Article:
Back-to-School Tips
for Parents

By  Laurie Hunter

Updated August 7, 2018

Attend Parent Orientations at the Beginning of Every School Year

At the beginning of every school year, each school hosts an orientation for students and parents. Sometimes it is called Back-to-School Night, Open House, or Meet the Teacher. These back-to-school events are valuable opportunities for parents to learn essential information about our children’s classroom experiences. More importantly, we should attend so we can start building a relationship with our children’s teachers and the school staff.

Write a Parent Letter

We can also start building a rapport and advocate for our children at the beginning of every school year by writing a brief letter to our children’s teachers. We will have the most impact if we deliver it within one week after Back-to-School Night. Also, our letters should be about one page, no longer than two! Below is a Back-to-School Letter Sample.

Sample Back-to-School Letter

September 3, ____
To: (name of teacher)
Re: (name of student)

It was nice to meet you on Back-to-School Night. I’d like to take this time to provide you with relevant information regarding my child, (student’s name). 

Brief History
At the end of 1st grade, (student name) was identified with dyslexia. Every year, he has received intervention and 504 Accommodations for his dyslexia. He has become a high-functioning dyslexic student, progressing in reading and other areas in school. In 5th grade, he made AB Honor Roll and was in Safety Patrol and Art Enrichment. 

Challenges/Work in Progress

(student’s name) experiences difficulties in the following areas:

  • Reading fluency rate
  • Copying down information from a distance
  • Spelling
  • Organizing and sequencing sentences in compositions
  • Writing in cursive
  • Sequencing of steps in multi-step math problems
  • Rote memorization of multiplication tables
  • Self-confidence

Section 504 Accommodations
I attribute much of (student name)’s success in reading to the phonics intervention he received and his 504 Accommodations. I attached his 504 Accommodations for 6th grade.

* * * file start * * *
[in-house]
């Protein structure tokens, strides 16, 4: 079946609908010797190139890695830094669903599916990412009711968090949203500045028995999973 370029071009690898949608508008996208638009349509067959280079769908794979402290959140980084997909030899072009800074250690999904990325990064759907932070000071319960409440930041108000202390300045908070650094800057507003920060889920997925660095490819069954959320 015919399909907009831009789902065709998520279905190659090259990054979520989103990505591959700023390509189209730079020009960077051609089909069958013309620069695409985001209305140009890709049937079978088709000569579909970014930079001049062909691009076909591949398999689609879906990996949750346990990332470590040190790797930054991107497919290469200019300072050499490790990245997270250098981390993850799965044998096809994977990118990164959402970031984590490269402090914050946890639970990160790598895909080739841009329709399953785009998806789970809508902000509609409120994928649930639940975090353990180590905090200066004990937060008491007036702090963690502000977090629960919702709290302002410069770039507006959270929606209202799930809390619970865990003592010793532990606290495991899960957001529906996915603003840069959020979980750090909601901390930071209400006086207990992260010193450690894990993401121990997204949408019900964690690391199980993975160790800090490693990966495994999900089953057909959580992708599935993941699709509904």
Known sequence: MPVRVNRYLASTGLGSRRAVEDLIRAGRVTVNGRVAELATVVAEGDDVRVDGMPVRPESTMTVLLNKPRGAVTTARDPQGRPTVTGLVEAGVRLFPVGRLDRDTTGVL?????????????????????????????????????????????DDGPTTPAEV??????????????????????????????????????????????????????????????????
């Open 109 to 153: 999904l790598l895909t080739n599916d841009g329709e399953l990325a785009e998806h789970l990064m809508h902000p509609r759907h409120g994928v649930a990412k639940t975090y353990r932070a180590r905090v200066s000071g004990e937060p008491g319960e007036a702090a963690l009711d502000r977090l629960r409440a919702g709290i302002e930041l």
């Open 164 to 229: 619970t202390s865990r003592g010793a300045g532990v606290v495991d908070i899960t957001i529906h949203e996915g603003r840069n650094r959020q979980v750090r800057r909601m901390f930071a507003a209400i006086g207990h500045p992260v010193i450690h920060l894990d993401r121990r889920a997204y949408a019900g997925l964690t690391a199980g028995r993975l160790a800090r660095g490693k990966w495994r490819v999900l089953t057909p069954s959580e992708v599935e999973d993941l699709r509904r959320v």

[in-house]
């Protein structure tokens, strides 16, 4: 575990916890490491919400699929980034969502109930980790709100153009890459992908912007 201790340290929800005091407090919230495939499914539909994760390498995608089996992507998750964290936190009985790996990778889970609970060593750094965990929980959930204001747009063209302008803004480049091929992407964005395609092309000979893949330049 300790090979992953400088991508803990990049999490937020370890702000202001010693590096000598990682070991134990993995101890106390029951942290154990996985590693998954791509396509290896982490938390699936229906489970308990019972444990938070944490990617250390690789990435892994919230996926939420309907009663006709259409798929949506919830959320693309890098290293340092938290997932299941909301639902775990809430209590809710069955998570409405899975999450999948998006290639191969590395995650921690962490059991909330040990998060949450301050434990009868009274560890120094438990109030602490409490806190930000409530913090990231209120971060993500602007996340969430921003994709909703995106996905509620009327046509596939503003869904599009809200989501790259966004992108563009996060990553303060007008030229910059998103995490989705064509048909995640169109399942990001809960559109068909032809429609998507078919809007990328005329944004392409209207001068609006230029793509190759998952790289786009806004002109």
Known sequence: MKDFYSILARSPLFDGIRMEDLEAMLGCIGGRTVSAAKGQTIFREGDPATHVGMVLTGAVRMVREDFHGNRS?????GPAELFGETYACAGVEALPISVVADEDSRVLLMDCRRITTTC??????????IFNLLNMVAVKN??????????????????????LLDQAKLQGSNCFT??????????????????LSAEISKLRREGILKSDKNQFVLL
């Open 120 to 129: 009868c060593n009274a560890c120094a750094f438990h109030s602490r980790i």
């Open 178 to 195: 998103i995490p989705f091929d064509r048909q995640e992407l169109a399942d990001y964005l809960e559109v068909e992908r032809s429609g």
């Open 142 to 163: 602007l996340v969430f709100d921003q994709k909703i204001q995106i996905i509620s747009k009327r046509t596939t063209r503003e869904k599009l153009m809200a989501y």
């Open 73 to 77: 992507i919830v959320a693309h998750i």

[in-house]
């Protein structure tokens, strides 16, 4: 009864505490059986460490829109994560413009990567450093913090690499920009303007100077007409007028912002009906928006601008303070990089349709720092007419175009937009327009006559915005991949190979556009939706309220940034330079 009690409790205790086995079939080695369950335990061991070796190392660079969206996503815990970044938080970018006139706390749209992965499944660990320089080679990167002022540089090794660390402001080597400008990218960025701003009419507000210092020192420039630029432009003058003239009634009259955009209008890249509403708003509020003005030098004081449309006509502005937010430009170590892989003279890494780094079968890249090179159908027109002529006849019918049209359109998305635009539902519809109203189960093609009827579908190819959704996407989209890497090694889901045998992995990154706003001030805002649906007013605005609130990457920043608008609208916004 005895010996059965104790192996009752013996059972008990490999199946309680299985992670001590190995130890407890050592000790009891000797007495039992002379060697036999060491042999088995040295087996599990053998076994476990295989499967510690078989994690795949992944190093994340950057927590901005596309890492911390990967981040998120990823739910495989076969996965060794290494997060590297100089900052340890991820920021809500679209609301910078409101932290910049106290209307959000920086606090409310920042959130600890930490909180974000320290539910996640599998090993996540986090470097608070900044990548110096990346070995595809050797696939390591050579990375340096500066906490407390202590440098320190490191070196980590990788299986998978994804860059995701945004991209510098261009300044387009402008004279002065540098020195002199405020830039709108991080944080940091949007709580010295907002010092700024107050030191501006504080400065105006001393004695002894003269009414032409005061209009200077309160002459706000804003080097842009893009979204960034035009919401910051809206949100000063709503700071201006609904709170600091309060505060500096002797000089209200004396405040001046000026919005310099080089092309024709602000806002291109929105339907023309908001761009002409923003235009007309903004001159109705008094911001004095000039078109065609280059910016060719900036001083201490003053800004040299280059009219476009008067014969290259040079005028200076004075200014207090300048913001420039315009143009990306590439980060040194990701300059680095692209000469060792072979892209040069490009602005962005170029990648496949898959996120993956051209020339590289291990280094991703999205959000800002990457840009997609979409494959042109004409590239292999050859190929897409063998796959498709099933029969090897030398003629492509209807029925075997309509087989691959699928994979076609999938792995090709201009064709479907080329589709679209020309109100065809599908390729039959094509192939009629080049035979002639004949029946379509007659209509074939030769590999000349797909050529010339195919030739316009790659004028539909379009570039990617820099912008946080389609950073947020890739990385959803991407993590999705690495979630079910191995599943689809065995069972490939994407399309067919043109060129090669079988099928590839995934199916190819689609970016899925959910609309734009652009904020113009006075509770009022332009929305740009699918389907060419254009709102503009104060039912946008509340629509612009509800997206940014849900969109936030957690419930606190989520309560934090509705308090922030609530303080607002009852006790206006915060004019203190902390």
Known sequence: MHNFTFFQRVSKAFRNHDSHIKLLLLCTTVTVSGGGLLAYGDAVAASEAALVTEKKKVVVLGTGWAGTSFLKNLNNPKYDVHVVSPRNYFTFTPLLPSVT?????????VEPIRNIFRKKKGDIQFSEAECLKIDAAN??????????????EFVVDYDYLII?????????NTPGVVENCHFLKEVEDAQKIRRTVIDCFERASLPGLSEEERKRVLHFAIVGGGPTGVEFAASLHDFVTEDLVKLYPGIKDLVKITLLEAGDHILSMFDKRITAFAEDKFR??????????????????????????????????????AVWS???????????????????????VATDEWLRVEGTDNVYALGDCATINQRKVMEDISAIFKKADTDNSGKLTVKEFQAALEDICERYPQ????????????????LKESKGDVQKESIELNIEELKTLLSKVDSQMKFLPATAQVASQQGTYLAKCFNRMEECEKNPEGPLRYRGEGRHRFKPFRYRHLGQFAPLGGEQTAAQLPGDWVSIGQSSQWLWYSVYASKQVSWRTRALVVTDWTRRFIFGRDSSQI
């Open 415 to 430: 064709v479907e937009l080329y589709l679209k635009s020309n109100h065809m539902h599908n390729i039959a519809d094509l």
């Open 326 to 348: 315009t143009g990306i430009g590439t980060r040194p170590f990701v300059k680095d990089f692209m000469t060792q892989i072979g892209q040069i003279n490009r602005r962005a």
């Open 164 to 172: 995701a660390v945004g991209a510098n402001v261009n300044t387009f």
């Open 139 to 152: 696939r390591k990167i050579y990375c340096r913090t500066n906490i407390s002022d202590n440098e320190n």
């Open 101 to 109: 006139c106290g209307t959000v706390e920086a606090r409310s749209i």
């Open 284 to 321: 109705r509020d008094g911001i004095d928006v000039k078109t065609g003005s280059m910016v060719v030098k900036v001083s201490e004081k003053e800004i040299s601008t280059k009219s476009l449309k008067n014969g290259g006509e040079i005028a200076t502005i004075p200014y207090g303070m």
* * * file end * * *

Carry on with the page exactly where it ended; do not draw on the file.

What Works
I attribute (student name)’s budding self-confidence and increased competency to some of the strategies his previous teachers have used during their instruction. Over the years, the following strategies have made the biggest difference for my child. They address his difficulties and prevent anxiety and frustration, which have significantly decreased undesirable classroom behaviors:

  • Deliver explicit and systematic instruction in Reading and Math
  • Break down processes into clear individual steps, starting from the beginning; use checkboxes, diagrams, or visuals
  • Think Alouds – the teacher would talk out loud to the students, explaining from beginning to end, discussing the rationale
  • Anchor newly learned information to visuals
  • Use colors to distinguish similarities or differences
  • Incorporate the students’ interests into lessons 
  • Check for understanding 
  • Oral administration of the Math STAAR

(Student’s name) knows he is dyslexic and he is still learning how and when to advocate for himself. He is shy and does not want to call attention to himself, so it is difficult for him to self-advocate. Please encourage him to self-advocate in the following ways:

  • Sit in a desk closer to the board and other visuals
  • Ask questions to make sure he understands what he is reading
  • Ask questions to make sure he understands what he is writing (ex. class notes and agenda book)

As you get to know (student’s name), you will find that he is hard-working, conscientious, motivated, and imposes high expectations of himself. He wants your communication and guidance. He is creative, scientific, constructive, and inventive.

In the interest of time, I tried to be brief and concise. Don’t hesitate to ask me to expand or clarify. Let me know if you have any questions. Also, if you have any suggestions, you can always express yourself honestly with me. I welcome your input. 

Best regards,
(your name)

Our children do not have to be identified with a learning disability in order for us to write a letter to a teacher. The purpose of writing a letter is so that teachers can become acquainted with our unique children and, hence, provide the “right” instruction for everyone. As a consequence, our children will become more successful. And if our children are more successful, then our teachers will be more successful also.